• Pinpoint your key suppliers — those your business relies heavily on, or whose goods are hard to replace. Then list second and third tier vendors, third-party manufacturers or subcontractors, warehouses, distribution centers, and transport and shipping partners.  


Assess individual supplier risk 

Each vendor or supplier will have its own sets of vulnerabilities, depending on many factors. For example, supplier facility construction type and emergency preparedness are important if it’s located in an area that’s prone to hurricanes or wildfires. 

Based on known vulnerabilities, identify the types of events or hazards that are most likely to disrupt the supplier. Use tools such as a vendor/supplier questionnaire or checklist, as well an on-site assessment of the company’s operations.

Ensure vendor and supplier BCP compliance

Reliance on third parties requires diligent vetting, consistent management, and frequent review of your vendors. 

  • Thoroughly vet all suppliers with an eye towards supply chain integrity. 
  • Delineate and make contractual all vendor responsibilities to your business — from insurance you require, to late penalties, to disaster chain of communication. 
  • Monitor vendor compliance, such as up to date insurance certificates. There are services and apps that can help with this. 

Reduce overall supply chain vulnerabilities

During a supply chain failure, according to the Harvard Business Review, “companies that are better prepared to act quickly have a competitive advantage.” To mitigate exposures from disruptions before they happen:

  • Maintain an inventory of key materials and supplies. Keeping a safety stock of materials is effective for short-term interruptions, especially for companies with just-in-time or on-demand production schedules. 
  • Select and pre-qualify secondary suppliers before you need them, in order to minimize ramp up time. This process should be ongoing, to reduce the impact of the loss of a single or sole supplier.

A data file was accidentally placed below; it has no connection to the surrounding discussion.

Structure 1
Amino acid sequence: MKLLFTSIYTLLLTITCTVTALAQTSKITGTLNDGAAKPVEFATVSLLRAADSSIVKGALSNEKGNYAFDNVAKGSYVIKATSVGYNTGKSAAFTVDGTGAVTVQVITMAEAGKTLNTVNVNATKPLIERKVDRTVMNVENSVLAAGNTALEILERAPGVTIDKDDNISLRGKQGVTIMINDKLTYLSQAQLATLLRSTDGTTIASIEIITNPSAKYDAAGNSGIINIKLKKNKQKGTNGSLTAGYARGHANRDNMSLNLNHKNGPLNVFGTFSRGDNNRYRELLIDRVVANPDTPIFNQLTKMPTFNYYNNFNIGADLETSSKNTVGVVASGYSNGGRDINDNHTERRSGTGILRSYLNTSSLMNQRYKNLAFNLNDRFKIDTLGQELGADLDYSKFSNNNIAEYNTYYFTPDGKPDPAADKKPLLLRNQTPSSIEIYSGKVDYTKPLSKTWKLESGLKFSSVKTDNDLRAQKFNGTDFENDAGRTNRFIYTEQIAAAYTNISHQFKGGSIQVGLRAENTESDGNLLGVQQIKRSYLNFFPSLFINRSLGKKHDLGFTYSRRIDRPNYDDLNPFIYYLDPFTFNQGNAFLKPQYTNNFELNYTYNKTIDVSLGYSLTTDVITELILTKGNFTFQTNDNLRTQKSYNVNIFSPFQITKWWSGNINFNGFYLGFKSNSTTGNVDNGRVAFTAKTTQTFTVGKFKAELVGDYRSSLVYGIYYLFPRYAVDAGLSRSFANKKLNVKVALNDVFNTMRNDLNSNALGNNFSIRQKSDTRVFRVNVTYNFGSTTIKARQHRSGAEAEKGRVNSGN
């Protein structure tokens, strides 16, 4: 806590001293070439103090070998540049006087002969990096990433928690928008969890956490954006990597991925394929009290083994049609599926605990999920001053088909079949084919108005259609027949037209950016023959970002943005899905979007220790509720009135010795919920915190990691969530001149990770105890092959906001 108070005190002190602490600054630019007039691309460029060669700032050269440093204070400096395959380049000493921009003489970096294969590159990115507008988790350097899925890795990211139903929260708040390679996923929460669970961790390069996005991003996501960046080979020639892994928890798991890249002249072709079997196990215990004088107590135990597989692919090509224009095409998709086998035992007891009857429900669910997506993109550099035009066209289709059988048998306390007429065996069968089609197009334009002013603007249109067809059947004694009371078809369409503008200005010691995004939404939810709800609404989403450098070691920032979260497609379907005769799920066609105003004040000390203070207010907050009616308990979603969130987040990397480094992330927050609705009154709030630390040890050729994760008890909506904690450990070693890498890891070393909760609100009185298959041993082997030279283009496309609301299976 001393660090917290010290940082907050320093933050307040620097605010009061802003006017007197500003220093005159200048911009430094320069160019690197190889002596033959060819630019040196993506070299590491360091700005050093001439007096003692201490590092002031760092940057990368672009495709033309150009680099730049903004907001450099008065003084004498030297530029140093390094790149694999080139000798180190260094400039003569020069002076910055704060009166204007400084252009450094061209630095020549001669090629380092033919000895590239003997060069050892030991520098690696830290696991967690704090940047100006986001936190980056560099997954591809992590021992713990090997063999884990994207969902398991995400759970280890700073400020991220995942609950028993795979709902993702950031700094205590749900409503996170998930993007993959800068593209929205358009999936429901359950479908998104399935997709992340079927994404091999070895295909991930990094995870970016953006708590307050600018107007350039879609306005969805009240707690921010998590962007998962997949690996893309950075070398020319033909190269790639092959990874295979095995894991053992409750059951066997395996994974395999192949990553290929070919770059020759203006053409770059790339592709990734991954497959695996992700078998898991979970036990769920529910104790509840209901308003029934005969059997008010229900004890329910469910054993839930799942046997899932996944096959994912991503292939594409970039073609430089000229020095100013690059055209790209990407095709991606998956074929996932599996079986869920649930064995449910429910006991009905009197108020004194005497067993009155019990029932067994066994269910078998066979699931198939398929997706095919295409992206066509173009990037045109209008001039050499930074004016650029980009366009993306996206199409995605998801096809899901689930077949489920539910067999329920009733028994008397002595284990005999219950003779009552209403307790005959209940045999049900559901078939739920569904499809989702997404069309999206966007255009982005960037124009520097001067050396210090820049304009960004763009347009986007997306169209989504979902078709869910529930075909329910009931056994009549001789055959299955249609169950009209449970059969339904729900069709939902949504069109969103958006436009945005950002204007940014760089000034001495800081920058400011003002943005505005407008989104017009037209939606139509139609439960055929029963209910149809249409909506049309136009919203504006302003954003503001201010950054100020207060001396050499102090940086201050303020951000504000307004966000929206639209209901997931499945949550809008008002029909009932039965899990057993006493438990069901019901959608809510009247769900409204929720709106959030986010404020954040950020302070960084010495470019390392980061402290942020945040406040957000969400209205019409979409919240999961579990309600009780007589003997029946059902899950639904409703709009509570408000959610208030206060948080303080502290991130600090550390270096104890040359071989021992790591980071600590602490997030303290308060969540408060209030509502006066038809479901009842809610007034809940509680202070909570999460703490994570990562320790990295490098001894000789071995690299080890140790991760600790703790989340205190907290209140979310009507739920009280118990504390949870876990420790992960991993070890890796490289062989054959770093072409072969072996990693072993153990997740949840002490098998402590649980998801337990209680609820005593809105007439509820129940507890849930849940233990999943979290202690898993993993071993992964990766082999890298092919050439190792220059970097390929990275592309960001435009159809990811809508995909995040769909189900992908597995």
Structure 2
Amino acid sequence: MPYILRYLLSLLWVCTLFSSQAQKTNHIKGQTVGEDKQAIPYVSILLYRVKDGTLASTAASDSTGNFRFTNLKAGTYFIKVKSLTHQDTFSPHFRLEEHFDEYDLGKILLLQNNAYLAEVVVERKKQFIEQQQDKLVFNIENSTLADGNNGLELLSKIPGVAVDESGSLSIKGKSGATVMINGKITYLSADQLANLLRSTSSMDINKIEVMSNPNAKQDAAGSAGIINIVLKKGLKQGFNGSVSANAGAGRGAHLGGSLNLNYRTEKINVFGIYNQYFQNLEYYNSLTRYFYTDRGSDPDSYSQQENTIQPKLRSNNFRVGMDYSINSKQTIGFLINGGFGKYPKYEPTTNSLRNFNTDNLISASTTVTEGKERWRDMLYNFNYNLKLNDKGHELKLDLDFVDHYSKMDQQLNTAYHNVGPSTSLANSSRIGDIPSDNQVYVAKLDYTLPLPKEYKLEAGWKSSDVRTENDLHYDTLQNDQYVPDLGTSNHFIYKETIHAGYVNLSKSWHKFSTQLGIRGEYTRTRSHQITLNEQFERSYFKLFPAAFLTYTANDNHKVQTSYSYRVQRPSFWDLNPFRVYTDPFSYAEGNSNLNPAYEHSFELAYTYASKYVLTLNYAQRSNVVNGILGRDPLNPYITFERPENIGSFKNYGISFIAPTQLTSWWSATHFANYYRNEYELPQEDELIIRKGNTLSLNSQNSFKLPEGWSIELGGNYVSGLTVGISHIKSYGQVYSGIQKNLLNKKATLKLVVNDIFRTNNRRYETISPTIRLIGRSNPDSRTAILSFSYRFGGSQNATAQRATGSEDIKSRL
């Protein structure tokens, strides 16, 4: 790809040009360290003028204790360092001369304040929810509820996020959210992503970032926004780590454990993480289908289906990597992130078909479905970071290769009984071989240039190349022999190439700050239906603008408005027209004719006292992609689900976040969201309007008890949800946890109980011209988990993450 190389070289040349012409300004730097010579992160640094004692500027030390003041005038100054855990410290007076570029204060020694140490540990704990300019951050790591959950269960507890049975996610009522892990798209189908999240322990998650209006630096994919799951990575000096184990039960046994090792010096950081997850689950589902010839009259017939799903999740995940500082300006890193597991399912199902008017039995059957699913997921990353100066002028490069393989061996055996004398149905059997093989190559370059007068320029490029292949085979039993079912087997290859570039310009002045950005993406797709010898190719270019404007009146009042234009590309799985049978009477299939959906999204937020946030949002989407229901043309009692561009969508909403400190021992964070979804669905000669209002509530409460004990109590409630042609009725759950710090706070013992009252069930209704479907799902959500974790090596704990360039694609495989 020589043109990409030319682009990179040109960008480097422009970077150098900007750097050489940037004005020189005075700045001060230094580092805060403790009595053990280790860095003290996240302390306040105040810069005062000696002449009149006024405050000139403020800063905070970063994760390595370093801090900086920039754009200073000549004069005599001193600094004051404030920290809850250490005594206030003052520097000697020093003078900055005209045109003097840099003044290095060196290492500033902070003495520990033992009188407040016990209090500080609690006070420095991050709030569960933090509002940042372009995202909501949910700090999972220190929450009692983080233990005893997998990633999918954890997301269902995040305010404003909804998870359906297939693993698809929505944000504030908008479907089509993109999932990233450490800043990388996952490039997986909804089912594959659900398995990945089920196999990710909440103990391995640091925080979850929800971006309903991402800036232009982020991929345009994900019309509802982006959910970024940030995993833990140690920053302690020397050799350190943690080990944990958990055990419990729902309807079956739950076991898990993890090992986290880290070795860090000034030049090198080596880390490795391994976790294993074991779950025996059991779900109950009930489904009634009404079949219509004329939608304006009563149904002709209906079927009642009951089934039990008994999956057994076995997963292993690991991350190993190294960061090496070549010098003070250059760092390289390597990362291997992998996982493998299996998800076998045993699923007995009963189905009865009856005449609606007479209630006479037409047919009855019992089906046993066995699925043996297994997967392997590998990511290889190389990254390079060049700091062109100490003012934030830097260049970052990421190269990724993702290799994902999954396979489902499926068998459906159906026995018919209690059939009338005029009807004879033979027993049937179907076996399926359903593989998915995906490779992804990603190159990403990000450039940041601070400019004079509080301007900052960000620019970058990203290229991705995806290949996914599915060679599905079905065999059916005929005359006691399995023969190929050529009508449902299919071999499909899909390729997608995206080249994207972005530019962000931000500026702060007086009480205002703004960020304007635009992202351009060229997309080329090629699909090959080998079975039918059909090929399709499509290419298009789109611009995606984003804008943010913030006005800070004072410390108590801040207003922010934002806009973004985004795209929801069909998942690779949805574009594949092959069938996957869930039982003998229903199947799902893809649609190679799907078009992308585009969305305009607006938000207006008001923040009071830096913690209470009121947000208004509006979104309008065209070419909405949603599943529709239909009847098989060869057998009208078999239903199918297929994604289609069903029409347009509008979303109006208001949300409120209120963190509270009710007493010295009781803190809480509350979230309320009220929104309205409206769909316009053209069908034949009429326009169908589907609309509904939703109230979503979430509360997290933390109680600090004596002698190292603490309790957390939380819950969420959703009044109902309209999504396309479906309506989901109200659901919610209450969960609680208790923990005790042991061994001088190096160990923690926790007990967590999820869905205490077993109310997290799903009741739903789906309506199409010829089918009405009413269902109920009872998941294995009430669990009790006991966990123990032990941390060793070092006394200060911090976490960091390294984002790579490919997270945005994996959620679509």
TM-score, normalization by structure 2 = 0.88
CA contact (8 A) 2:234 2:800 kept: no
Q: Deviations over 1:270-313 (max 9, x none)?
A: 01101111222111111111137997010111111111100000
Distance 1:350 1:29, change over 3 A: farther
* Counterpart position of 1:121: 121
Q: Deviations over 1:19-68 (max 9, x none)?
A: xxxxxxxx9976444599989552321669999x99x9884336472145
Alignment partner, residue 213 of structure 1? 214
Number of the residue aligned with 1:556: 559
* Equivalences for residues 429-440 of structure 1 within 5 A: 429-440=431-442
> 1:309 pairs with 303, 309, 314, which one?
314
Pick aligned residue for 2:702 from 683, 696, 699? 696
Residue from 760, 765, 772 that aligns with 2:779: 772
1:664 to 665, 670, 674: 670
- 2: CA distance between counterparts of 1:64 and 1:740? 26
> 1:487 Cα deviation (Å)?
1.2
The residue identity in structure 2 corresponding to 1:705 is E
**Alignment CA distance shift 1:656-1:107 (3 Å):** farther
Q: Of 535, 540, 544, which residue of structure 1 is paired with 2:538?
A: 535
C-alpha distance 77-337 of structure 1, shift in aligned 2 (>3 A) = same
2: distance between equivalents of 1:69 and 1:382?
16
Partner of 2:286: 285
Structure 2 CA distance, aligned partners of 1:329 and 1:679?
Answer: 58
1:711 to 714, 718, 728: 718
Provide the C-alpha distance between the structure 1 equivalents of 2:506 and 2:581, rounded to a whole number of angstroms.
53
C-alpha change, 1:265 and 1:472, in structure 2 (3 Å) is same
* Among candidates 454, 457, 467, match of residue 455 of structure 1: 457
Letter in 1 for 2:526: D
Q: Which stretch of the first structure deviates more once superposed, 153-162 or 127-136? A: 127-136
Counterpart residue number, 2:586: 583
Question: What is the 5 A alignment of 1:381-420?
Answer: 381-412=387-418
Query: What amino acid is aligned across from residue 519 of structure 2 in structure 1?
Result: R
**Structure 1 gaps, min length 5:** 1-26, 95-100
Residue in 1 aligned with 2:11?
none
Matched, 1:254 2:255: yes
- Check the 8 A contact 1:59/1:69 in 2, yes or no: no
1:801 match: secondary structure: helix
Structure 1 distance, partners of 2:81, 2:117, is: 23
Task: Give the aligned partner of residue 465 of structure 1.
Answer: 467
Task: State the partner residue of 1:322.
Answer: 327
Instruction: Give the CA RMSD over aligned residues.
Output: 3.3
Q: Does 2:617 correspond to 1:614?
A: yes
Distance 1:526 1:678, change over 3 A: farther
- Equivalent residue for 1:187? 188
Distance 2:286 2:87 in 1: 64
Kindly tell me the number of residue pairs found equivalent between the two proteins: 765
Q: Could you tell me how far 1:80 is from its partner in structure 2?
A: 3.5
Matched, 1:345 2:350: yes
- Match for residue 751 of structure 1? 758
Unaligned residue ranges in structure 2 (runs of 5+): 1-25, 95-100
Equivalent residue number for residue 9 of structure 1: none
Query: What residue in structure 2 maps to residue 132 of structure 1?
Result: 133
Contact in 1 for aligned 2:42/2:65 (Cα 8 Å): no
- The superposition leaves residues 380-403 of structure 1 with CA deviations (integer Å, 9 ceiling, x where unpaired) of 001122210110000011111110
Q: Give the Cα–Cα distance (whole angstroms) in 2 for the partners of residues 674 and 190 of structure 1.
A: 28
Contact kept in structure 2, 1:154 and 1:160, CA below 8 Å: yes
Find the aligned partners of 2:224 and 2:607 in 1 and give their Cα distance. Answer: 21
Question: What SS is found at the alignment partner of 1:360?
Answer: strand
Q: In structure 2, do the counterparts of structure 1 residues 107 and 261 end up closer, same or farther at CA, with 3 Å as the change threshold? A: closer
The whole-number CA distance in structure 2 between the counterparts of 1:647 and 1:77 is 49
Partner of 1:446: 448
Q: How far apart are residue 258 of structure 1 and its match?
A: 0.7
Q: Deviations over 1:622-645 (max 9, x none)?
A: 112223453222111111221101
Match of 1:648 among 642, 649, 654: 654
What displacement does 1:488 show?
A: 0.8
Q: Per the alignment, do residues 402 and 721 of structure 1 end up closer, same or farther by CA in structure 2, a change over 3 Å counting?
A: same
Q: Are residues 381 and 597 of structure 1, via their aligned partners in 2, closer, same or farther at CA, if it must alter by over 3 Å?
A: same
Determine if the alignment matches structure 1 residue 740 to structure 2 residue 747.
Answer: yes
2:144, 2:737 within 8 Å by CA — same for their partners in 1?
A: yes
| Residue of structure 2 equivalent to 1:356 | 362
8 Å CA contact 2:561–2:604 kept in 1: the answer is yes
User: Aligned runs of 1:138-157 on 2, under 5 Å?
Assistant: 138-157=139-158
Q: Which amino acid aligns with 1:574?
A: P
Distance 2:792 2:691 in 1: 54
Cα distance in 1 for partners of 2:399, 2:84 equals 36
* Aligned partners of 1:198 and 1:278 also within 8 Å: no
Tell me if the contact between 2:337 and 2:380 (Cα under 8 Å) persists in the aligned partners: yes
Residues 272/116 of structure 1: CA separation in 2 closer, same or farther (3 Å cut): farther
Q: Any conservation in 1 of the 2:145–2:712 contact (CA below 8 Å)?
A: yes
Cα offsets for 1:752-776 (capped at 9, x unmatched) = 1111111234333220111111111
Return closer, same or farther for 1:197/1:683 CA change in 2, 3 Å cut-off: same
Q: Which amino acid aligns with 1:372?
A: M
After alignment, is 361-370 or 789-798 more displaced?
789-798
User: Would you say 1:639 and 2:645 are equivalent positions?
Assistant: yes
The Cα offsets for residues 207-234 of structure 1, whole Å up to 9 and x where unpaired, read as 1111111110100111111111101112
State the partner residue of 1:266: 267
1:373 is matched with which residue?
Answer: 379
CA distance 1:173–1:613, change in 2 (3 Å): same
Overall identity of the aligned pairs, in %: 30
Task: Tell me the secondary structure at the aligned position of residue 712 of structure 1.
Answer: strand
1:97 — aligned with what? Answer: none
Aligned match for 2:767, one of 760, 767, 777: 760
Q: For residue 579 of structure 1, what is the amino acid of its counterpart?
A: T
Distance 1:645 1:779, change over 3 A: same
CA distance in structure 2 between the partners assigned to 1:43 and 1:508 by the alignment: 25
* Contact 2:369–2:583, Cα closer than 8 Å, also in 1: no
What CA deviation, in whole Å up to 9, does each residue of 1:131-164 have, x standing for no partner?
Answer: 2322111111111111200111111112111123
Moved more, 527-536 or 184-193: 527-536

• Consult your business insurance provider. Supply chain resiliency is a complex issue with many moving parts and considerations. Expert advice about mitigation steps and relevant insurance coverages plays an important role in managing your supply chain risk. 


This document is advisory in nature and is offered as a resource to be used together with your professional insurance advisors in maintaining a loss prevention program. It is an overview only, and is not intended as a substitute for consultation with your insurance broker, or for legal, engineering or other professional advice.

Chubb is the marketing name used to refer to subsidiaries of Chubb Limited providing insurance and related services. For a list of these subsidiaries, please visit our website at Insurance provided by ACE American Insurance Company and its U.S. based Chubb underwriting company affiliates. All products may not be available in all states. This communication contains product summaries only. Coverage is subject to the language of the policies as actually issued. Surplus lines insurance sold only through licensed surplus lines producers. Chubb, 202 Hall's Mill Road, Whitehouse Station, NJ 08889-1600.